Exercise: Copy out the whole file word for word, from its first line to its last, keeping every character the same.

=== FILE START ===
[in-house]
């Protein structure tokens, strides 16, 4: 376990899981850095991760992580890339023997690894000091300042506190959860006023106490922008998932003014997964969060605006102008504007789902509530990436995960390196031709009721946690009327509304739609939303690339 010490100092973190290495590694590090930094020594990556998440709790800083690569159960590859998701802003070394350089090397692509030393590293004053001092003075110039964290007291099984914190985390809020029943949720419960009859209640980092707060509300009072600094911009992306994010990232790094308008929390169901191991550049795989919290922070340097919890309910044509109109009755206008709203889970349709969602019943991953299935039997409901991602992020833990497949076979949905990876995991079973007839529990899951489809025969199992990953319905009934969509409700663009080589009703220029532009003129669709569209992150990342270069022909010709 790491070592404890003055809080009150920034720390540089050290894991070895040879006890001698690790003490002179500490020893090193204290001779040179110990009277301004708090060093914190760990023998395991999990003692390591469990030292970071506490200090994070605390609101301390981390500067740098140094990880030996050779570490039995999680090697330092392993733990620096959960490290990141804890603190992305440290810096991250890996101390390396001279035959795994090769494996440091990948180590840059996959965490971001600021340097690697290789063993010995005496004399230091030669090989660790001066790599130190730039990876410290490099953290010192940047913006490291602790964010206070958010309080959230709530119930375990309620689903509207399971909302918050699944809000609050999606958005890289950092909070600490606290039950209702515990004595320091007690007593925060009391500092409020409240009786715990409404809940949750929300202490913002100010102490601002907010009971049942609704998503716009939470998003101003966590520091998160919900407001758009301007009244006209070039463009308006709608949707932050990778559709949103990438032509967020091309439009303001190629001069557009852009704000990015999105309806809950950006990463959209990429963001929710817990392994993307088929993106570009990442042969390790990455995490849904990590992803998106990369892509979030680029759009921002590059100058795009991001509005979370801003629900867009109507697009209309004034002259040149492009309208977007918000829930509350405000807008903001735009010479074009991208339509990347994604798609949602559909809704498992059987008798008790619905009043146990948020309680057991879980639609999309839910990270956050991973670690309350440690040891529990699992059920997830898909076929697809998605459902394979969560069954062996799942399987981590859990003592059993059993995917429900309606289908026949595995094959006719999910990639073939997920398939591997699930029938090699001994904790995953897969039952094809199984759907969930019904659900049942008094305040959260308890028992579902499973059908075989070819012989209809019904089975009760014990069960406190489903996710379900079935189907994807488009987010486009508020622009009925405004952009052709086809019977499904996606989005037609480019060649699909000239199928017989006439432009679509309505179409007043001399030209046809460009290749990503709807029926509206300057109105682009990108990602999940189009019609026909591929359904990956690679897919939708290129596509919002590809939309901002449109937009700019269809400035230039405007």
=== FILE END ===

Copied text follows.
[in-house]
């Protein structure tokens, strides 16, 4: 376990899981850095991760992580890339023997690894000091300042506190959860006023106490922008998932003014997964969060605006102008504007789902509530990436995960390196031709009721946690009327509304739609939303690339 010490100092973190290495590694590090930094020594990556998440709790800083690569159960590859998701802003070394350089090397692509030393590293004053001092003075110039964290007291099984914190985390809020029943949720419960009859209640980092707060509300009072600094911009992306994010990232790094308008929390169901191991550049795989919290922070340097919890309910044509109109009755206008709203889970349709969602019943991953299935039997409901991602992020833990497949076979949905990876995991079973007839529990899951489809025969199992990953319905009934969509409700663009080589009703220029532009003129669709569209992150990342270069022909010709 790491070592404890003055809080009150920034720390540089050290894991070895040879006890001698690790003490002179500490020893090193204290001779040179110990009277301004708090060093914190760990023998395991999990003692390591469990030292970071506490200090994070605390609101301390981390500067740098140094990880030996050779570490039995999680090697330092392993733990620096959960490290990141804890603190992305440290810096991250890996101390390396001279035959795994090769494996440091990948180590840059996959965490971001600021340097690697290789063993010995005496004399230091030669090989660790001066790599130190730039990876410290490099953290010192940047913006490291602790964010206070958010309080959230709530119930375990309620689903509207399971909302918050699944809000609050999606958005890289950092909070600490606290039950209702515990004595320091007690007593925060009391500092409020409240009786715990409404809940949750929300202490913002100010102490601002907010009971049942609704998503716009939470998003101003966590520091998160919900407001758009301007009244006209070039463009308006709608949707932050990778559709949103990438032509967020091309439009303001190629001069557009852009704000990015999105309806809950950006990463959209990429963001929710817990392994993307088929993106570009990442042969390790990455995490849904990590992803998106990369892509979030680029759009921002590059100058795009991001509005979370801003629900867009109507697009209309004034002259040149492009309208977007918000829930509350405000807008903001735009010479074009991208339509990347994604798609949602559909809704498992059987008798008790619905009043146990948020309680057991879980639609999309839910990270956050991973670690309350440690040891529990699992059920997830898909076929697809998605459902394979969560069954062996799942399987981590859990003592059993059993995917429900309606289908026949595995094959006719999910990639073939997920398939591997699930029938090699001994904790995953897969039952094809199984759907969930019904659900049942008094305040959260308890028992579902499973059908075989070819012989209809019904089975009760014990069960406190489903996710379900079935189907994807488009987010486009508020622009009925405004952009052709086809019977499904996606989005037609480019060649699909000239199928017989006439432009679509309505179409007043001399030209046809460009290749990503709807029926509206300057109105682009990108990602999940189009019609026909591929359904990956690679897919939708290129596509919002590809939309901002449109937009700019269809400035230039405007």